Salinity, soil carbon stocks, acidification and erosion affect soil condition and productivity in Australia.
Increases in dryland salinity appear to have been slowed by the millennium drought, although the return to wetter conditions is likely to increase the spread of salinity.
The management of soil carbon is central to maintaining soil health and ensuring global food security, as well as providing an important sink for atmospheric carbon. Australia has a lower baseline soil organic carbon stock than other parts of the world, and few regions have increasing soil carbon stores. The time since vegetation clearing is a key factor determining current trends. For example, large parts of Queensland are on a declining trend, because widespread clearing for agriculture was still occurring in the 1990s. Similarly, regions with intensifying systems of land use (e.g. northern Tasmania) and most regions with a projected drying climate have declining trends. The savanna landscapes of northern Australia have significant potential for increasing soil carbon stores, but this requires changes in grazing pressures and fire regimes.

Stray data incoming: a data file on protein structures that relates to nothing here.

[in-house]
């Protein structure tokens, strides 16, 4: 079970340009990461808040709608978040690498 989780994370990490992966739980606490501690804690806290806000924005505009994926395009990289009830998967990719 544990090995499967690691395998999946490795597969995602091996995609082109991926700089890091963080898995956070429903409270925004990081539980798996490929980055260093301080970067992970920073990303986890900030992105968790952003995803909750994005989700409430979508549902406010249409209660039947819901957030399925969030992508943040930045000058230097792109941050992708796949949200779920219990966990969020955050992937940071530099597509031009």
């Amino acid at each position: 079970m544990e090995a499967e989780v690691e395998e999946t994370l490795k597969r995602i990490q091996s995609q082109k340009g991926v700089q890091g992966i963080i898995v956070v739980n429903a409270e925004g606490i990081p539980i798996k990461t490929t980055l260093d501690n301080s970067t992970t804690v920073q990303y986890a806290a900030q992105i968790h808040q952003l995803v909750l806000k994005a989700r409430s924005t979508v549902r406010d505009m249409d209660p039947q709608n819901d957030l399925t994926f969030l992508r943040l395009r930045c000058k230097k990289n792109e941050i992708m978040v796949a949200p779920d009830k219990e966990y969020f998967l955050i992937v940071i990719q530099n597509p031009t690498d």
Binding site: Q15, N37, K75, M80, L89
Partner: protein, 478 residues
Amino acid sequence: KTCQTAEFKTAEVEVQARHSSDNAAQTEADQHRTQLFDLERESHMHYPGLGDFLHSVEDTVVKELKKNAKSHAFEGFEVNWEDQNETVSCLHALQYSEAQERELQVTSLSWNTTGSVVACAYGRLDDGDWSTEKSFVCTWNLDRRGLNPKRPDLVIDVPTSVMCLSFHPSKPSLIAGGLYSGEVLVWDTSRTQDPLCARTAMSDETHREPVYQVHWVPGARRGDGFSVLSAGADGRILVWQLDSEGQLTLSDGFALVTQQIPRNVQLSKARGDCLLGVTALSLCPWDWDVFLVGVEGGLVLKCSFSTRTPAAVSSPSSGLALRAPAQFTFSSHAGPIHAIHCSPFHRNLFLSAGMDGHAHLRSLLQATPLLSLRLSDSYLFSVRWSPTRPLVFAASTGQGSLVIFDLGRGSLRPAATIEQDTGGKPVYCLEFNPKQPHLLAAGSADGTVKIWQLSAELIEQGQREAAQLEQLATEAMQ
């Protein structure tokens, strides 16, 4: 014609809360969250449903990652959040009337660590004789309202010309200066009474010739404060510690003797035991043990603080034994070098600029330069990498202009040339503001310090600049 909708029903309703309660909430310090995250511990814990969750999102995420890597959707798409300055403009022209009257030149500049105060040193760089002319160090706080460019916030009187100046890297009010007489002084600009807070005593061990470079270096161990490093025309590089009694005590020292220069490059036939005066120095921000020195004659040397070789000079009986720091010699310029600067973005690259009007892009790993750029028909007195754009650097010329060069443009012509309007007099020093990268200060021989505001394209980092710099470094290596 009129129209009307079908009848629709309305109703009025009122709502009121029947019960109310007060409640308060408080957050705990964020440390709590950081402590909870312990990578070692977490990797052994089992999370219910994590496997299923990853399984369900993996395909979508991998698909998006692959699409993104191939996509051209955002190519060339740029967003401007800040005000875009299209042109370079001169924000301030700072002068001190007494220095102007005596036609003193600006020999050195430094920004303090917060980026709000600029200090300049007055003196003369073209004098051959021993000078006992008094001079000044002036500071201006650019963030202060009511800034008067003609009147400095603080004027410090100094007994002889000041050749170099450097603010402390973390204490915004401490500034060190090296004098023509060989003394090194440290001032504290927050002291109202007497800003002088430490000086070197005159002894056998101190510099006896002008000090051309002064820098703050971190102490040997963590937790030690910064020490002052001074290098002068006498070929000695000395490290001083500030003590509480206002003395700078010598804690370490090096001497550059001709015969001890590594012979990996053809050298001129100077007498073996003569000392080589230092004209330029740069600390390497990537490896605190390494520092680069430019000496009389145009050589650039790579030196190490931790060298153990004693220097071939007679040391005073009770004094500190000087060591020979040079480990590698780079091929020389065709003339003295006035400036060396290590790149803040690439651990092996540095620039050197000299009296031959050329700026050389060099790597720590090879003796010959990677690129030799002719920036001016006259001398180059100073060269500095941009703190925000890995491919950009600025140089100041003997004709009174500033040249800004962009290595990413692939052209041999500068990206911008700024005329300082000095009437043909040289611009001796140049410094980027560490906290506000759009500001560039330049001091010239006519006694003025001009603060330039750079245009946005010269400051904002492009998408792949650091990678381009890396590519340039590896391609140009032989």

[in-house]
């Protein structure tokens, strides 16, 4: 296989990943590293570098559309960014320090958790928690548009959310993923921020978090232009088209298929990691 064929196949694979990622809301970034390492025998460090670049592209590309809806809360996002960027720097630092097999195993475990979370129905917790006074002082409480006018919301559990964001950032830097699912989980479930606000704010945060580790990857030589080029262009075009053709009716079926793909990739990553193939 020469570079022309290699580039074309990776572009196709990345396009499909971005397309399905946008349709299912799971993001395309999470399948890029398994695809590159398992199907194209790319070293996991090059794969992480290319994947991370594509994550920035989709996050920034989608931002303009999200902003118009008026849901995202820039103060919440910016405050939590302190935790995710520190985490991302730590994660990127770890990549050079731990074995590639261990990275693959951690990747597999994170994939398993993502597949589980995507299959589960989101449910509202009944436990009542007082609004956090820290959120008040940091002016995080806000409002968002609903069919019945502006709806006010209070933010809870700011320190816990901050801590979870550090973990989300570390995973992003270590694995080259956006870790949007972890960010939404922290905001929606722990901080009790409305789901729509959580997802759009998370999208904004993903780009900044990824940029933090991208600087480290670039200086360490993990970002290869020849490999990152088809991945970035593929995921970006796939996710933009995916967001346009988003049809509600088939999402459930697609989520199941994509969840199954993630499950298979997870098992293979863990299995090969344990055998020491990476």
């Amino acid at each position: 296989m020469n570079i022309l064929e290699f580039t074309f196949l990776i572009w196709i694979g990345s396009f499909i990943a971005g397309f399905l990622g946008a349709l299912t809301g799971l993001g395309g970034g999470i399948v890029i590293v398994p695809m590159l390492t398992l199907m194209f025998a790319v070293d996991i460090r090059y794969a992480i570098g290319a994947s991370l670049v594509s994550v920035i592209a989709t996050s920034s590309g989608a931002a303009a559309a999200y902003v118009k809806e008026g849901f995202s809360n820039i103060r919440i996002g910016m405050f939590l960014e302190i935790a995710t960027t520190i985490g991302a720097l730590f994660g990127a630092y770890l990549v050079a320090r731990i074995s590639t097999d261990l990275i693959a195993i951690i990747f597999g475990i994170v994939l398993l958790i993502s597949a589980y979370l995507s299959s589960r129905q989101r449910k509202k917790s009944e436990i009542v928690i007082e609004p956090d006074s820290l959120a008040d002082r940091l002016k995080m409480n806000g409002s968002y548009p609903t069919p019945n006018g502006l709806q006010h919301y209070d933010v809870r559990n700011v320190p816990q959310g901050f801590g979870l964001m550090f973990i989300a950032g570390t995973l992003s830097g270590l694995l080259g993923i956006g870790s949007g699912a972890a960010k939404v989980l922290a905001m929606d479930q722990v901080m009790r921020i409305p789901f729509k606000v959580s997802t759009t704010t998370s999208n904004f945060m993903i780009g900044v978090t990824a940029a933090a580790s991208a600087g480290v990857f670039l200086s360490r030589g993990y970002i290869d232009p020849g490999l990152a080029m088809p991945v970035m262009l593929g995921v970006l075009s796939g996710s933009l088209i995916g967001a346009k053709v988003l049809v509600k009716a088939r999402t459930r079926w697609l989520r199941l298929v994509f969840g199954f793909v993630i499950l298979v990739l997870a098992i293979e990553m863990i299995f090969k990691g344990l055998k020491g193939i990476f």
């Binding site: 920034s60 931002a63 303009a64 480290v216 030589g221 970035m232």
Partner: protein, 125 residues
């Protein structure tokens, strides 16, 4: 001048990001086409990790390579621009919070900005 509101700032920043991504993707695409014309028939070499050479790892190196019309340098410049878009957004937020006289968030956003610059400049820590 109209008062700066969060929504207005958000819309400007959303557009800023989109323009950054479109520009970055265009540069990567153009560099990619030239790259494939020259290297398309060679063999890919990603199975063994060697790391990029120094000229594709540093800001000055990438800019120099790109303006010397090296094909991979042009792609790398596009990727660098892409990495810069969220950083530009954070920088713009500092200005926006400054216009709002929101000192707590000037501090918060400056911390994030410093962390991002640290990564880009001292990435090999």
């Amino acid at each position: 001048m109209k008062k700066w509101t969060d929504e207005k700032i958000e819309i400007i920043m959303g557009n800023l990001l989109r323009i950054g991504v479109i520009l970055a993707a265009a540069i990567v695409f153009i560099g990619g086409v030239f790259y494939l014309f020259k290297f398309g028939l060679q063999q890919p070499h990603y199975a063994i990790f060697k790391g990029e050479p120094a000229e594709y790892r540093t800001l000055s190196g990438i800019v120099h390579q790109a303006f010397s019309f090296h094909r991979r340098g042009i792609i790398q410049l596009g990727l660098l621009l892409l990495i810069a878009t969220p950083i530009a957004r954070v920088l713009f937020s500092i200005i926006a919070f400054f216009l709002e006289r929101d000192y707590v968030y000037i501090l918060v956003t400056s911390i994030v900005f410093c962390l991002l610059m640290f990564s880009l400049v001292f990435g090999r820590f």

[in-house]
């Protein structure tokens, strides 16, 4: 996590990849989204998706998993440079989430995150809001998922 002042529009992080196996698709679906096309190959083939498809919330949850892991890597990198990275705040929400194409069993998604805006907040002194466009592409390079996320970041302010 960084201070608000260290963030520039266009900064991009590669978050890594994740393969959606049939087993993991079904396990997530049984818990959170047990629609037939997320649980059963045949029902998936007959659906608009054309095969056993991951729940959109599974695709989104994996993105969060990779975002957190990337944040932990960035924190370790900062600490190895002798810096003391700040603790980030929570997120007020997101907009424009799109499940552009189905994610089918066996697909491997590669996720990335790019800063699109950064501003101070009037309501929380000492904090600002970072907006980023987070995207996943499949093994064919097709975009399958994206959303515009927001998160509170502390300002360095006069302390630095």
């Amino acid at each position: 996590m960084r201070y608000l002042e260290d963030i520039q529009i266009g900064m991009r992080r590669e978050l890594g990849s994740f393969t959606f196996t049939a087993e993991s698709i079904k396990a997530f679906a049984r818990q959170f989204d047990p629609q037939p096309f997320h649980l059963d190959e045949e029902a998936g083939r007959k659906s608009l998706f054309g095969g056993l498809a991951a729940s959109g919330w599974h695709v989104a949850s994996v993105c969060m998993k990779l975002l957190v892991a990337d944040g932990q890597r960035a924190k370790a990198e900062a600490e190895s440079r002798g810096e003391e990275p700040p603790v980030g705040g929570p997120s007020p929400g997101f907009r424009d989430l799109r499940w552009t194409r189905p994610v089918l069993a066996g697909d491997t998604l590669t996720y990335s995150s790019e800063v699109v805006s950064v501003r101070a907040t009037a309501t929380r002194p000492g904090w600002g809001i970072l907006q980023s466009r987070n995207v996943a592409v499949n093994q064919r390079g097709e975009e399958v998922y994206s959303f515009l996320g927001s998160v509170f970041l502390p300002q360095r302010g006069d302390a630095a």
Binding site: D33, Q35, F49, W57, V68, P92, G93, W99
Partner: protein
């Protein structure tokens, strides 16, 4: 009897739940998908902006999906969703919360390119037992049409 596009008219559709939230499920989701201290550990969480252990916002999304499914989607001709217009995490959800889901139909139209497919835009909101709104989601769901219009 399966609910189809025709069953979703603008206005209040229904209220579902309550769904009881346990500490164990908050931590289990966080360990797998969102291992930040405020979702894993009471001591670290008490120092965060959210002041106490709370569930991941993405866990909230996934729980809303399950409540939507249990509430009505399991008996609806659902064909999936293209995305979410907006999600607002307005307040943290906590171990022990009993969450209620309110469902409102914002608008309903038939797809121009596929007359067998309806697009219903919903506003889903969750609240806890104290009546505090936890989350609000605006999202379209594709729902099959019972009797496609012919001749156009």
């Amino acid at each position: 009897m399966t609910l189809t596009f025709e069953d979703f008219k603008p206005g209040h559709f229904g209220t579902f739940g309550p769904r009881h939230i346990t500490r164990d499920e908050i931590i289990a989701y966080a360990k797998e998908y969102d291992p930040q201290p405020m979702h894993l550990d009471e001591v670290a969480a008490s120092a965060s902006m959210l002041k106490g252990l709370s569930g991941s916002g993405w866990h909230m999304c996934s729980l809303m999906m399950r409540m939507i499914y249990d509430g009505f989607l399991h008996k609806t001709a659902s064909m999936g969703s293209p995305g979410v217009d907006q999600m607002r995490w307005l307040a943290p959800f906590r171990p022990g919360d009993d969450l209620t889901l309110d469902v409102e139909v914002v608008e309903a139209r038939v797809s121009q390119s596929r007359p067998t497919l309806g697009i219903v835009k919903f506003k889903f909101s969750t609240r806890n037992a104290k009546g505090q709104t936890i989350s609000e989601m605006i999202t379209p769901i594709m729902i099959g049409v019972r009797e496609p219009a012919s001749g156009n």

Soil acidification is another challenge facing agriculture. Soil acidification restricts options for land management, because it limits the choice of crops and vegetation to acid-tolerant species and varieties. Soil acidity affects approximately 50 million hectares (or 50 per cent) of Australia’s agricultural land, and about 23 million hectares of subsoil layers, mostly in Western Australia and New South Wales (NLWRA 2001). Soil acidification is of greatest concern in situations where:
- the soil already has a low pH (i.e. is already acidic)
- agricultural practices increase soil acidity (e.g. use of high-ammonium nitrogen fertilisers, large rates of product removal)
- the soil has a low capacity to buffer the increase in acidity (e.g. infertile, light-textured soils).
It is relatively straightforward to reverse short-term surface soil acidification through the application of lime. However, it is much harder to reverse the problem if the acidification has advanced deeper into the soil profile, because incorporating lime at depth is prohibitively expensive. Although rates of lime application appear to be increasing, they still fall far short of what is needed to arrest the problem in some jurisdictions.
Current rates of soil erosion by water across large areas of Australia exceed soil formation rates, although progress has been made in reducing soil erosion through soil conservation measures.
A new generation of fine-grained soil mapping is being conducted that will inform national mapping and monitoring of carbon, biodiversity, agricultural impact and ecosystem functions in general. It is the result of national collaborative research, funded through the Terrestrial Ecosystem Research Network, involving CSIRO; the University of Sydney; Geoscience Australia; and national, state and territory government agencies.